Writer's note: Last month I introduced you to a pair of educators whose work profoundly affected Marshfield's arts scene.
Arriving in Marshfield in 1960, Jerry Schroeder and Jack Bittrich proceeded to establish the MHS Madrigal Singers, Central Chamber Chorale and a 50-plus year theatre tradition that puts larger towns to shame.
A multitude of former students, colleagues and friends share their recollections in Part II of the story of this "dynamic duo."
Respected and well-liked teachers inevitably get nicknames. Jack was called "Mr. B" or, sometimes, "JB." Former student Jean Doty admits, "I still call him 'Mr. B' to this day."
Explaining Schroeder's nickname, she says, "We called him 'Herr Schroeder' and spelled it 'Hair Schroeder' outside of class as a joke because he had very little hair." After earning his doctorate and starting to teach at the University of Wisconsin-Marshfield/Wood County, he became "Doc."
They earned student respect by demanding quality even while bringing fun to the work.
Harrio Clement Sherman: "They made high school really fun and exciting, and really pushed us all to do our best."
Jean Doty: "Herr Schroeder encouraged perfection in every group he directed and did it in a way that was totally fun."
John Andersen: "Both had a terrific work ethic."
Striving for perfection, however, had its risks.
John Andersen: "They both had tempers. When Jerry got angry at the choir he would jump on the piano bench and yell at us. Jack was famous for his temper."
Gene Hayes: "JB wanted his productions to be absolutely perfect. If you played your part well there was unending praise, but if you didn't ... the famous temper was sure to appear."
The students, however, developed confidence in themselves and pride in their accomplishments. Singers told me of the thrill of performing at Expo 67 in Montreal, Canada. Actors vividly recalled memorable productions where they accomplished so much more than they ever thought they could.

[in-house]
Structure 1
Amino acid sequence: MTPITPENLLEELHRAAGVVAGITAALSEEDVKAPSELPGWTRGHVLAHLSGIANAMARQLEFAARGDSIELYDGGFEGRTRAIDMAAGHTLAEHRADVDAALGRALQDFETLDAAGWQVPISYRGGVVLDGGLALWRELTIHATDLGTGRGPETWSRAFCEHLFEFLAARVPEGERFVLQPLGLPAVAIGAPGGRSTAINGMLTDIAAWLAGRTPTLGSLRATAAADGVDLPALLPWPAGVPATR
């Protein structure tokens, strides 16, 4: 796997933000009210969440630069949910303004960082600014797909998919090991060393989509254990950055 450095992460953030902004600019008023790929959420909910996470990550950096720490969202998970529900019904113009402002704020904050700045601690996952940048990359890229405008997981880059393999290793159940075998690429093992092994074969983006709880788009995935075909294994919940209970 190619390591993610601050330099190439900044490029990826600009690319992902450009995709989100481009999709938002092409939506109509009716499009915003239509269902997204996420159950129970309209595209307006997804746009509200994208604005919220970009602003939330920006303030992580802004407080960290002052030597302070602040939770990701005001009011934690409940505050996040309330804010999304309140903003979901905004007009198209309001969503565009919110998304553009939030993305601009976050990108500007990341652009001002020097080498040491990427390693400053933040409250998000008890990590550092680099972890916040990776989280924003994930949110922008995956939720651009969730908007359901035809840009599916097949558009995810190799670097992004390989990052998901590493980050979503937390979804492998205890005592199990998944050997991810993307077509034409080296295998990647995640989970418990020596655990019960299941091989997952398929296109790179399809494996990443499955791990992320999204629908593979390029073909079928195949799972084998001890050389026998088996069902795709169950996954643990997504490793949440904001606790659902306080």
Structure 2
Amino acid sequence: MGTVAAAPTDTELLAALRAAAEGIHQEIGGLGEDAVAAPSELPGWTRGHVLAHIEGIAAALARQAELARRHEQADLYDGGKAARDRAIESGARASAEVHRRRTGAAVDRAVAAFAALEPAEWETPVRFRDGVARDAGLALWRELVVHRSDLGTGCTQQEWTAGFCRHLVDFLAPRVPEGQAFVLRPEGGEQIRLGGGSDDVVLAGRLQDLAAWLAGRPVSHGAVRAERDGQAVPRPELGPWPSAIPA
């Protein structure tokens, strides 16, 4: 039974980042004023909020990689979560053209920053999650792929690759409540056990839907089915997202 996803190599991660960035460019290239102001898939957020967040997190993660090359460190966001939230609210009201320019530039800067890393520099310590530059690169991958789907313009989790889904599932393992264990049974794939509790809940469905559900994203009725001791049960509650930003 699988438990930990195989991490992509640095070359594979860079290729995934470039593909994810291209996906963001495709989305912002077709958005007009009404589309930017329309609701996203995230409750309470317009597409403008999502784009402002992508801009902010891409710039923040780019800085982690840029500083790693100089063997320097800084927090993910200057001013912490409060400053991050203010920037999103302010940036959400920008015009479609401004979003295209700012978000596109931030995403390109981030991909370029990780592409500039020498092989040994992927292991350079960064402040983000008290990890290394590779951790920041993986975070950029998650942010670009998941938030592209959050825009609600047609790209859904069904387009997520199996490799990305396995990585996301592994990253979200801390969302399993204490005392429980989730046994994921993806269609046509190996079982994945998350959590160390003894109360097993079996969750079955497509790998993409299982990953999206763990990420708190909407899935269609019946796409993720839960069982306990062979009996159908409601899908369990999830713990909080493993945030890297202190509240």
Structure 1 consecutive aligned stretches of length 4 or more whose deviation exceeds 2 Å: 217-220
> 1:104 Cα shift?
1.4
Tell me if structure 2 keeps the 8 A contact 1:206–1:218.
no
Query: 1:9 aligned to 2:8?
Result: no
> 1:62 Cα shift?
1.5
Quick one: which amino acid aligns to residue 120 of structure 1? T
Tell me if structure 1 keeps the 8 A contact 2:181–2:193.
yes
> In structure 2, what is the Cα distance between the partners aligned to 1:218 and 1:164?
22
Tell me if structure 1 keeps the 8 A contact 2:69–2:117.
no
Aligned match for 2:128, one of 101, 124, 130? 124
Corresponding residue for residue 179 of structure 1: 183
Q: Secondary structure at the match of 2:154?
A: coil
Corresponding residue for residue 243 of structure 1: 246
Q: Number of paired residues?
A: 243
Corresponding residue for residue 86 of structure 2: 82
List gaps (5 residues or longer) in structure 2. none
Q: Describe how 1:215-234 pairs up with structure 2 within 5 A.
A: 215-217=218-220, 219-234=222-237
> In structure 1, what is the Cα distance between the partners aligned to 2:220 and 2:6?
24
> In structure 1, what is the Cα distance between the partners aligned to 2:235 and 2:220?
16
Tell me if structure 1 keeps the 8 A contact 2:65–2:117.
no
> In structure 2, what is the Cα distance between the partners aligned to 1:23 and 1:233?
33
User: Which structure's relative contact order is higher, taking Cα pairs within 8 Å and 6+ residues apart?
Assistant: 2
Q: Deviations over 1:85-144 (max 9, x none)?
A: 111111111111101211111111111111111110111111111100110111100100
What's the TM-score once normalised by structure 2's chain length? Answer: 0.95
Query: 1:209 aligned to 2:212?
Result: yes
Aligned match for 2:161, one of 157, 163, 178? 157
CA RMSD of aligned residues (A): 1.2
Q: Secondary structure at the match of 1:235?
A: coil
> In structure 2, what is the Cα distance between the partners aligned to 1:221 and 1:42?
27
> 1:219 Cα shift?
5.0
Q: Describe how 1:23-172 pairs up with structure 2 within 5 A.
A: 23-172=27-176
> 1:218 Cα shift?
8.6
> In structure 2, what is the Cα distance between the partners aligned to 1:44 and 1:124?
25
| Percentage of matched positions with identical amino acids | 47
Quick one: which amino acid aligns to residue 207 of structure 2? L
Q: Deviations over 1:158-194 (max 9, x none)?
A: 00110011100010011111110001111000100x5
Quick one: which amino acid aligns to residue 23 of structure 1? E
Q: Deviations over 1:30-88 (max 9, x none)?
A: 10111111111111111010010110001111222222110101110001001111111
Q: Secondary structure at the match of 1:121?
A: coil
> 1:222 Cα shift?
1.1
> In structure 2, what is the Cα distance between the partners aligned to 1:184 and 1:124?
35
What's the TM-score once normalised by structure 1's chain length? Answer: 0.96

One of Jack's brilliant creations was the Trojan award for the best students working backstage in non-acting roles. Chris Britten Williams and John Andersen spoke of it with pride. Luise Custer stated: "Jack had such respect for the people who ran tech, managed backstage and painted mountains by number. He helped the actors understand that they, as much as we, made it all happen."
In the theatre, students worked long hours with gusto.
Jean Doty: "We usually worked until the wee hours of the morning in the week leading up to opening night - much to the dismay of many of our parents!"
John Andersen: "As a crew member we often worked through the night - I mean until sun up. Our parents were always wild about it and demanded something be done."
Jerry Schroeder confessed: "(Jack') talent was contagious, and even though there were times things got strained, as parents sought to justify the many late hours ... his constant drive for perfection was an inspiration to all of us. Between the two of us, I'm sure we sent Mr. Knapp home with a headache more than once."
The principal's daughter, Mary Knapp Margulies, adds, "Dad backed him up even when he wanted to throttle him! He knew talent when he saw it, and he saw it in Jack!"
But it wasn't all Jack's fault. Kids would actually sneak into school to work on sets at night, weekends or vacations. In one instance, loosely chained doors were breached by a skinny crew member, so that students could use a lathe in the industrial arts area. Bittrich later discovered them cooking hamburgers in the home-ec room!
To be continued next month.